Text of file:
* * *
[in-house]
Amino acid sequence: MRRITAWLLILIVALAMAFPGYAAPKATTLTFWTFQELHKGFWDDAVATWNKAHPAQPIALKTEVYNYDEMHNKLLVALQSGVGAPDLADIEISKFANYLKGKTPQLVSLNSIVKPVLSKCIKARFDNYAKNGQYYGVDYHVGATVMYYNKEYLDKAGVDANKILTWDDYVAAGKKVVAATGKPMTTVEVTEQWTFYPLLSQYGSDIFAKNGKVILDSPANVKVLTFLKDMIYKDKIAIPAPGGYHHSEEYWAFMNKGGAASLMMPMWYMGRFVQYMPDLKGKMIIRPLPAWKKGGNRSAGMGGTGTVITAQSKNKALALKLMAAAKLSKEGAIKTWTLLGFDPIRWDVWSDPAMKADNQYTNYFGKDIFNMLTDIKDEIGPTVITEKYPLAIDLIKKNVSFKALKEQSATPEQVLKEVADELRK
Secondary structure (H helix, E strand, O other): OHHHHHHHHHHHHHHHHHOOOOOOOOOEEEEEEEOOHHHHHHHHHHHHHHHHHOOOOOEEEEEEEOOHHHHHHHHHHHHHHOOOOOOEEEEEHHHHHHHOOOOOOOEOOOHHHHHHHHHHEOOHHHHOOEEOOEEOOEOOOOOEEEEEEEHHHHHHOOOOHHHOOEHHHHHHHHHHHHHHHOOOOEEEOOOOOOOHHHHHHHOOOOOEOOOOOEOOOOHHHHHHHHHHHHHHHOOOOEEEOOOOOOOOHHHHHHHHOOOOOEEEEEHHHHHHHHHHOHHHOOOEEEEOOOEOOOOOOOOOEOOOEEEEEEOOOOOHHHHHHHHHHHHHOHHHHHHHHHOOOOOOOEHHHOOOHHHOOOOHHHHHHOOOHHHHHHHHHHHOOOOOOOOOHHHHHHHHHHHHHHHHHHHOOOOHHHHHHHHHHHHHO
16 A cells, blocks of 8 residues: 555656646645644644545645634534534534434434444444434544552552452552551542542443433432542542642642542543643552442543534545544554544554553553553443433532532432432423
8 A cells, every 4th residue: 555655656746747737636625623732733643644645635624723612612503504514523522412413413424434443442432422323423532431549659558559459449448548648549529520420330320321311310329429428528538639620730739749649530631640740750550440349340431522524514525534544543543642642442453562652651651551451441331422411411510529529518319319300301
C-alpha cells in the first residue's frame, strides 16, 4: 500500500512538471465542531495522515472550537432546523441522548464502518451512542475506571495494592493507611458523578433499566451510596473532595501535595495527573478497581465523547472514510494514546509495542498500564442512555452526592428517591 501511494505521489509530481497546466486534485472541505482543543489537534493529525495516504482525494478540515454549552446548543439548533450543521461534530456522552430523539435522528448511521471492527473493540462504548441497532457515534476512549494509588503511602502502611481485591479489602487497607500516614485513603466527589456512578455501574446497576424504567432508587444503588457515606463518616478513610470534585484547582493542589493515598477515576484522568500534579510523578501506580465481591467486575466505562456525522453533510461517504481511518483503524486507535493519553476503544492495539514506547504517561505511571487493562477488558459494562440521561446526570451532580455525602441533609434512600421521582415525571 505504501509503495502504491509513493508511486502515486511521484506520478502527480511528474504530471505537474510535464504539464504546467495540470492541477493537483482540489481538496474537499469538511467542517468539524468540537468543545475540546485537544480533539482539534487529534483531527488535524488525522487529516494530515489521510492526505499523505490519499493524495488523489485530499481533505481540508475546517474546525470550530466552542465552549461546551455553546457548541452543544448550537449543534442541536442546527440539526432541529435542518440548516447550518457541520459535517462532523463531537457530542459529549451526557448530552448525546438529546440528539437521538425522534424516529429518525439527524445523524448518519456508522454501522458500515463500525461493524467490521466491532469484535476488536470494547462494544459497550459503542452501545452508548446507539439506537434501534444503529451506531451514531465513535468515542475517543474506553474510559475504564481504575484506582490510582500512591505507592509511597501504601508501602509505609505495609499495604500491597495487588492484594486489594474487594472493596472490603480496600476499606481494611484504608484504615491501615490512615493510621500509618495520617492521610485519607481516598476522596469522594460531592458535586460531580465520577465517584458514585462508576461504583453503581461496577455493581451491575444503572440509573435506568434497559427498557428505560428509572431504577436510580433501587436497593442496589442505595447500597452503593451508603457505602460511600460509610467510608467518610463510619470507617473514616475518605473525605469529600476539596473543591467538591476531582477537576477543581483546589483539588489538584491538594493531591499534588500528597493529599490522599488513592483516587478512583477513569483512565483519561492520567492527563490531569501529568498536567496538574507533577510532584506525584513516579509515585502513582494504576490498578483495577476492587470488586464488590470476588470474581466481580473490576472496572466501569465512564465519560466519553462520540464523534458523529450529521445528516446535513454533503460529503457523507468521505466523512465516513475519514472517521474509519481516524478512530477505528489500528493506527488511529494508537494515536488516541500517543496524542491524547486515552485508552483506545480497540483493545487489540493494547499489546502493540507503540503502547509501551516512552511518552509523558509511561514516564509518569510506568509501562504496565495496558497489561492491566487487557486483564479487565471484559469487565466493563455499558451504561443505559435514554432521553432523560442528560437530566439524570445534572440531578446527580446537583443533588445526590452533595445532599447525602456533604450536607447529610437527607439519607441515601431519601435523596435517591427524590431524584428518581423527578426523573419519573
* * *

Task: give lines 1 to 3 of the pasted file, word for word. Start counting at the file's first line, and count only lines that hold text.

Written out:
[in-house]
Amino acid sequence: MRRITAWLLILIVALAMAFPGYAAPKATTLTFWTFQELHKGFWDDAVATWNKAHPAQPIALKTEVYNYDEMHNKLLVALQSGVGAPDLADIEISKFANYLKGKTPQLVSLNSIVKPVLSKCIKARFDNYAKNGQYYGVDYHVGATVMYYNKEYLDKAGVDANKILTWDDYVAAGKKVVAATGKPMTTVEVTEQWTFYPLLSQYGSDIFAKNGKVILDSPANVKVLTFLKDMIYKDKIAIPAPGGYHHSEEYWAFMNKGGAASLMMPMWYMGRFVQYMPDLKGKMIIRPLPAWKKGGNRSAGMGGTGTVITAQSKNKALALKLMAAAKLSKEGAIKTWTLLGFDPIRWDVWSDPAMKADNQYTNYFGKDIFNMLTDIKDEIGPTVITEKYPLAIDLIKKNVSFKALKEQSATPEQVLKEVADELRK
Secondary structure (H helix, E strand, O other): OHHHHHHHHHHHHHHHHHOOOOOOOOOEEEEEEEOOHHHHHHHHHHHHHHHHHOOOOOEEEEEEEOOHHHHHHHHHHHHHHOOOOOOEEEEEHHHHHHHOOOOOOOEOOOHHHHHHHHHHEOOHHHHOOEEOOEEOOEOOOOOEEEEEEEHHHHHHOOOOHHHOOEHHHHHHHHHHHHHHHOOOOEEEOOOOOOOHHHHHHHOOOOOEOOOOOEOOOOHHHHHHHHHHHHHHHOOOOEEEOOOOOOOOHHHHHHHHOOOOOEEEEEHHHHHHHHHHOHHHOOOEEEEOOOEOOOOOOOOOEOOOEEEEEEOOOOOHHHHHHHHHHHHHOHHHHHHHHHOOOOOOOEHHHOOOHHHOOOOHHHHHHOOOHHHHHHHHHHHOOOOOOOOOHHHHHHHHHHHHHHHHHHHOOOOHHHHHHHHHHHHHO